On June 20, the FBI raided the home of Oakland Mayor Sheng Thao, carting away boxes of material. The purpose of the raid wasn’t clear, but it may have had something to do with Oakland’s recycler, California Waste Solutions, whose offices were also searched, along with the homes of CWS owners David and Andy Duong.

On June 24, Mayor Thao proclaimed her innocence and blamed the raid on “right-wing forces.” In a city home to the Black Panther Museum, and with UC Berkeley close at hand, that claim had locals wondering whom Oakland’s Democrat mayor had in mind. The raid on the mayor’s home wasn’t the FBI’s first Bay Area bust, and the state has been a target-rich environment for decades.

For example, in 2020, the FBI arrested San Francisco Department of Public Works boss Mohammed Nuru for public corruption and a long-running scheme involving multiple bribes and kickbacks. Many locals thought the arrest came years too late.

Nuru got his start working for the mayoral campaign of Willie Brown, who hired Nuru as DPW boss. When excrement began piling up on city streets, Nuru spent $400,000 on a study claiming that San Francisco was virtually spotless. Conditions got worse under district attorney Chesa Boudin, who refused to prosecute public defecation.

Nuru pleaded guilty to charges of defrauding the public of its right to his honest services, and in 2022 drew a sentence of seven years in prison. “Today’s sentence sends a clear message that public officials who abuse their power for personal gain will be punished,” said FBI special agent Sean Ragan. “Corruption happens in the shadows, often with the help of professional enablers who perpetuate fraudulent schemes and the corrupt who launder and hide their illicit wealth.” Something similar was going on in the state capitol of Sacramento.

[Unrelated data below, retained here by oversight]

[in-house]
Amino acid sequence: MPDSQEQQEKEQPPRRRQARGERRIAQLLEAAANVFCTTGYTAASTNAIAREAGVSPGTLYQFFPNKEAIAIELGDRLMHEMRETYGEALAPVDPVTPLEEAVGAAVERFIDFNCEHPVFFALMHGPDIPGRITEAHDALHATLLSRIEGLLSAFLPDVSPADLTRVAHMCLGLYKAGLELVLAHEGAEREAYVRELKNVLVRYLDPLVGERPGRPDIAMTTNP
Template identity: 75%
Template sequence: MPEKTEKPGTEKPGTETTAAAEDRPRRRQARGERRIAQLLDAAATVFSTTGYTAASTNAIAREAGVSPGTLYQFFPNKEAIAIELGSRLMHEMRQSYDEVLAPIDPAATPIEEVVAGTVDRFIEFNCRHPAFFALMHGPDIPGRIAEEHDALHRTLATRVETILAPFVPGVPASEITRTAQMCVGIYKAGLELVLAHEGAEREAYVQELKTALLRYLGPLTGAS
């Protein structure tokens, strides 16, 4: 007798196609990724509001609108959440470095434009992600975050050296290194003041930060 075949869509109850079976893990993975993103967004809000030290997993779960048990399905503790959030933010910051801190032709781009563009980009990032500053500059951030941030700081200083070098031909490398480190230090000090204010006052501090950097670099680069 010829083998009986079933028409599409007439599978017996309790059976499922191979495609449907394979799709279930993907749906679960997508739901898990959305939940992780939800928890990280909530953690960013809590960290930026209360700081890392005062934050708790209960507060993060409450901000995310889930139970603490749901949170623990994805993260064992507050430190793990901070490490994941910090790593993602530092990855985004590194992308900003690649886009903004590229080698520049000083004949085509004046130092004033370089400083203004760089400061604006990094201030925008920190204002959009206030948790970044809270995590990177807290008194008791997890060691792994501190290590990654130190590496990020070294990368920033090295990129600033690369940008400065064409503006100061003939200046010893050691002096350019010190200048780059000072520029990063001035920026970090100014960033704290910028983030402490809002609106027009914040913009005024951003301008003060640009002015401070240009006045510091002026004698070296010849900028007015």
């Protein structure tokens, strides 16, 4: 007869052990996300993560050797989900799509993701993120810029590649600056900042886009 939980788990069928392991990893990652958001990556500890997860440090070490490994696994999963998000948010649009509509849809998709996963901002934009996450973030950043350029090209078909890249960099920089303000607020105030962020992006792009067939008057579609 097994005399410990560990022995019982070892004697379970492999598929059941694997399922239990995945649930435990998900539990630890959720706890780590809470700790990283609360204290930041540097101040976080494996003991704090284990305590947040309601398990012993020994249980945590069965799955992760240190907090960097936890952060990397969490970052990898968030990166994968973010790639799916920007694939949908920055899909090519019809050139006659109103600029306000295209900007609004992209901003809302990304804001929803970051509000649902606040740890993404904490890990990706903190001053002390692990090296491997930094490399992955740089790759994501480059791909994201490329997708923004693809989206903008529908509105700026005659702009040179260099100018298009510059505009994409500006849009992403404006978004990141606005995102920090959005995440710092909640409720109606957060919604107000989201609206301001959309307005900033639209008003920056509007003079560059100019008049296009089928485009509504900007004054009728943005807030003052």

In 2013, the FBI raided the offices of state Sen. Ron Calderon, Montebello Democrat, and the Latino Legislative Caucus. Calderon was found guilty on bribery charges and in 2016 sentenced to 42 months in federal prison. His brother Thomas Calderon drew 10 months for laundering bribe money through his company.

“Former Senator Calderon repeatedly violated the trust of the voters by taking nearly $160,000 in bribes in exchange for abusing his position as an elected official,” said United States Attorney Eileen M. Decker. “The Calderons are now being punished for their roles in a bribery scheme that involved multiple forms of payments, as well as the attempted concealment of the scheme through money laundering and lies made to residents of his district. Politicians who violate their oaths by selling their offices will be discovered and will be prosecuted.” The Calderons should have seen it coming.

Back in 1988, the FBI set up a fake shrimp company that offered bribes to lawmakers in return for support on legislation. One bill even made it to the desk of Gov. George Deukmejian, who vetoed the measure.

The operation took down Sen. Joseph Montoya, Whittier Democrat, and Assembly Republican Leader Pat Nolan, who served two years in prison. The FBI also targeted Assembly Speaker Willie Brown and Assemblymember Gwen Moore, but the two Democrats never faced criminal charges.

At this writing, the “right-wing forces” allegedly arrayed against Oakland Mayor Sheng Thao have not come to light, and the FBI has yet to announce charges. “I have done nothing wrong. I can tell you with confidence that this investigation is not about me,” the mayor claims. “I have not been charged with a crime, and I am confident that I will not be charged with a crime because I am innocent.” Time will tell.

Meanwhile, the mayor faces a recall in November, and her city has recently come under fire on a different front. According to a recent WalletHub study, San Francisco is the worst-run city in the United States, followed closely by Oakland and Gulfport, Mississippi.